Lincoln boy's hospital compensation to top £14m

James Robshaw Image copyright Family
Image caption James Robshaw communicates using a computer controlled by his eye movement

A boy left disabled after complications during his birth at a Lincolnshire hospital should receive more than £14m in damages, a judge has ruled.

In December 2002, James Robshaw was starved of oxygen during his birth at Lincoln County Hospital and was left with cerebral palsy.

United Lincolnshire Hospitals NHS Trust admitted negligence and full liability in 2009 but the amount was disputed.

London's High Court said lawyers had to settle on a final figure.

'Bright intellect'

The court heard James was starved of oxygen due to medics' failure to pick up on "abnormal changes" during the latter stages of his mother's labour.

All four limbs were affected and he now communicates using a machine controlled by eye movement.

However, the judge, Mr Justice Foskett, noted his "bright intellect had mercifully been saved" and James "wins the highest praise from everyone he meets".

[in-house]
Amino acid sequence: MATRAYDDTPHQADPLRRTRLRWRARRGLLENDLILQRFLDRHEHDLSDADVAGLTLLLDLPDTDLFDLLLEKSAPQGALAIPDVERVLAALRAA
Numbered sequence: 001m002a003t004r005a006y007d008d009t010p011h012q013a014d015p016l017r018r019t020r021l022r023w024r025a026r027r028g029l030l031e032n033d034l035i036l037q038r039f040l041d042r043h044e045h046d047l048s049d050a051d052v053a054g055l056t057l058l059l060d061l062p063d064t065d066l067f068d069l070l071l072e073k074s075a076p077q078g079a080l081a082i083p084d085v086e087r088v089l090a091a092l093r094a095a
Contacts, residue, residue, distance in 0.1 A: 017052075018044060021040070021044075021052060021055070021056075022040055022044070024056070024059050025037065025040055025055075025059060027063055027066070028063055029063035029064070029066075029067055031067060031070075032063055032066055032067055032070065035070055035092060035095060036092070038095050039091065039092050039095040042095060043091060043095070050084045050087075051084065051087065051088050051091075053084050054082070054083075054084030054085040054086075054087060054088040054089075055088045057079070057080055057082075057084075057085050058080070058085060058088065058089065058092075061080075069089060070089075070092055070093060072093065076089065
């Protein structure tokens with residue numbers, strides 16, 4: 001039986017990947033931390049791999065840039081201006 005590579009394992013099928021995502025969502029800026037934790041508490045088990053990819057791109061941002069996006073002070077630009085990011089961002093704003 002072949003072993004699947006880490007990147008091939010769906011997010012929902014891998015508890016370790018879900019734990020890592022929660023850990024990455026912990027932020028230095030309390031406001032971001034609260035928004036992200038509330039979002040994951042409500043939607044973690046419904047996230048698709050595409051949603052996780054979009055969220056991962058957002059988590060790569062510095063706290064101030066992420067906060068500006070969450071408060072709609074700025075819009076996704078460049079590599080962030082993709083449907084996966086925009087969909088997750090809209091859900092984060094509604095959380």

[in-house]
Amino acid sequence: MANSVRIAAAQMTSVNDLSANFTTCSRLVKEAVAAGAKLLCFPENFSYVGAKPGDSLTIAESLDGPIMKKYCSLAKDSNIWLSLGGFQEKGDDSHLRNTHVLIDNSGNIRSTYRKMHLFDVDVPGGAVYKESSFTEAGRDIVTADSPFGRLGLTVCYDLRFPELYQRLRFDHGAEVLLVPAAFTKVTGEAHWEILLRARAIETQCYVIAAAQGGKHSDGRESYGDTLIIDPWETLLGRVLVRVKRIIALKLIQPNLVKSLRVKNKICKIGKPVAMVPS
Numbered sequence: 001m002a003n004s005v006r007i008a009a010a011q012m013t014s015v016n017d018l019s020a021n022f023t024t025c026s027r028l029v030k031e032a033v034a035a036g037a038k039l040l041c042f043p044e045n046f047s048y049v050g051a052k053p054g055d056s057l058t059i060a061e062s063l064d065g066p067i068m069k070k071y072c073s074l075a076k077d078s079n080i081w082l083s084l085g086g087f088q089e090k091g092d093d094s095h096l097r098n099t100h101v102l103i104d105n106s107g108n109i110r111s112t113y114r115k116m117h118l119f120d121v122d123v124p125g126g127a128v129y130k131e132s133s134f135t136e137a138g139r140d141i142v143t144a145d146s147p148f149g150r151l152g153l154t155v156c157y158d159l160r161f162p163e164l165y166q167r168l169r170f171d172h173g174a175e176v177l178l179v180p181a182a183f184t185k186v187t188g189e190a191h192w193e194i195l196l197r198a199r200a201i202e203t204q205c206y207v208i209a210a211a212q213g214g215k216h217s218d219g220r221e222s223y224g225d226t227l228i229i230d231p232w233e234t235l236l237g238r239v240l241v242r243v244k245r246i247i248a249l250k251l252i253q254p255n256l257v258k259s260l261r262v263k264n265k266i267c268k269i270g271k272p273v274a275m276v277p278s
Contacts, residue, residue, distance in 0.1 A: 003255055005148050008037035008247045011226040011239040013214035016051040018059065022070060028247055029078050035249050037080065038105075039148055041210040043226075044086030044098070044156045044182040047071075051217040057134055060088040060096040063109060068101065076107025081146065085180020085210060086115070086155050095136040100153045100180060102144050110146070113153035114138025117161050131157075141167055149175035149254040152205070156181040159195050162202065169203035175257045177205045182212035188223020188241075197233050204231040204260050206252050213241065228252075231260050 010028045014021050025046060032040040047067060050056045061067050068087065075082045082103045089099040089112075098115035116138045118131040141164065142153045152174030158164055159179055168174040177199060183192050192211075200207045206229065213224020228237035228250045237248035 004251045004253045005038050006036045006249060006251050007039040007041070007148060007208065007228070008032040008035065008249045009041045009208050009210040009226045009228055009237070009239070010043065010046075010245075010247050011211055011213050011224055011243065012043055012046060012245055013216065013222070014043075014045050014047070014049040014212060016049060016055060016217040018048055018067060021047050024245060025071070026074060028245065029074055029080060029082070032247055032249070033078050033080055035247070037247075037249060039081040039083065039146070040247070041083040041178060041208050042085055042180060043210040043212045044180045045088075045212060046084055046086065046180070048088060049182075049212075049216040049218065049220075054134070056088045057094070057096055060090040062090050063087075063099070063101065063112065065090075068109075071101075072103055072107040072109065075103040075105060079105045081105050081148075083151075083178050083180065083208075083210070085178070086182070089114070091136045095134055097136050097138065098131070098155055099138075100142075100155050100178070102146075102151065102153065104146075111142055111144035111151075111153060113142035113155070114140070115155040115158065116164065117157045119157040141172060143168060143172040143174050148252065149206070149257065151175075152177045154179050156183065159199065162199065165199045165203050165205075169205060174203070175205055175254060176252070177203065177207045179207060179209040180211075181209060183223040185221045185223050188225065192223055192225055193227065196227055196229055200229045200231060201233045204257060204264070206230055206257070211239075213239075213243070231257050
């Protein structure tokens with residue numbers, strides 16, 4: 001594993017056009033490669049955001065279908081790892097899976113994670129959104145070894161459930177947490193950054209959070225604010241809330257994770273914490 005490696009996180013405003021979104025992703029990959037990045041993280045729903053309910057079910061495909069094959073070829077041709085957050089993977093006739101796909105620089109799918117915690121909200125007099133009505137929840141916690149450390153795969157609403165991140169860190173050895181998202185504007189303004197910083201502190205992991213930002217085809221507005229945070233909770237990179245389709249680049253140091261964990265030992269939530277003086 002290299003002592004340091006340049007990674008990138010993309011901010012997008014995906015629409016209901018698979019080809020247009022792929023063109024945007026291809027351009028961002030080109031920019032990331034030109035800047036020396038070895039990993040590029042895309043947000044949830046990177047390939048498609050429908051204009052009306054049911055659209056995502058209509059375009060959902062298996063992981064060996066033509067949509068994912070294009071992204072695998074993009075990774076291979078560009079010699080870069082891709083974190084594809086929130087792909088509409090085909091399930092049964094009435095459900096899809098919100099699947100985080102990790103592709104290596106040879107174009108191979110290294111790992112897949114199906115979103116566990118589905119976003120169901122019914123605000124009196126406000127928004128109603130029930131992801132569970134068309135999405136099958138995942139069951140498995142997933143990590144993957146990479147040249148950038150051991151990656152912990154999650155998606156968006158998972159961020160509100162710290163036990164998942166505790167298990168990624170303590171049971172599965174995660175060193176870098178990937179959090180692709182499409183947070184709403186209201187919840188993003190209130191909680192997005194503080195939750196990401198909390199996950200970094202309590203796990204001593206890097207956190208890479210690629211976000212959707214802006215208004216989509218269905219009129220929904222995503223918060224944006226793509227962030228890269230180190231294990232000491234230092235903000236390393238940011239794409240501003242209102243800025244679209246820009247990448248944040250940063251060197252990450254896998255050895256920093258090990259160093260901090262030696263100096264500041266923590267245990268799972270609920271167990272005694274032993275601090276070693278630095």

Pauleen Pratt, Acting Chief Nurse, said: "United Lincolnshire Hospitals NHS Trust and the NHS Litigation Authority are deeply sorry for what happened and for the impact this has had upon James and his family.

"Although we cannot turn back the clock, we hope that the compensation, once agreed, will provide the reassurance that James' future care needs will be met".

The payout covers his pain and suffering, potential lost earnings, specialised accommodation and the costs of his future care.

James' lawyers had sought £18m but the NHS had argued for £7.45m.

The final figure is likely to be decided in the coming weeks.

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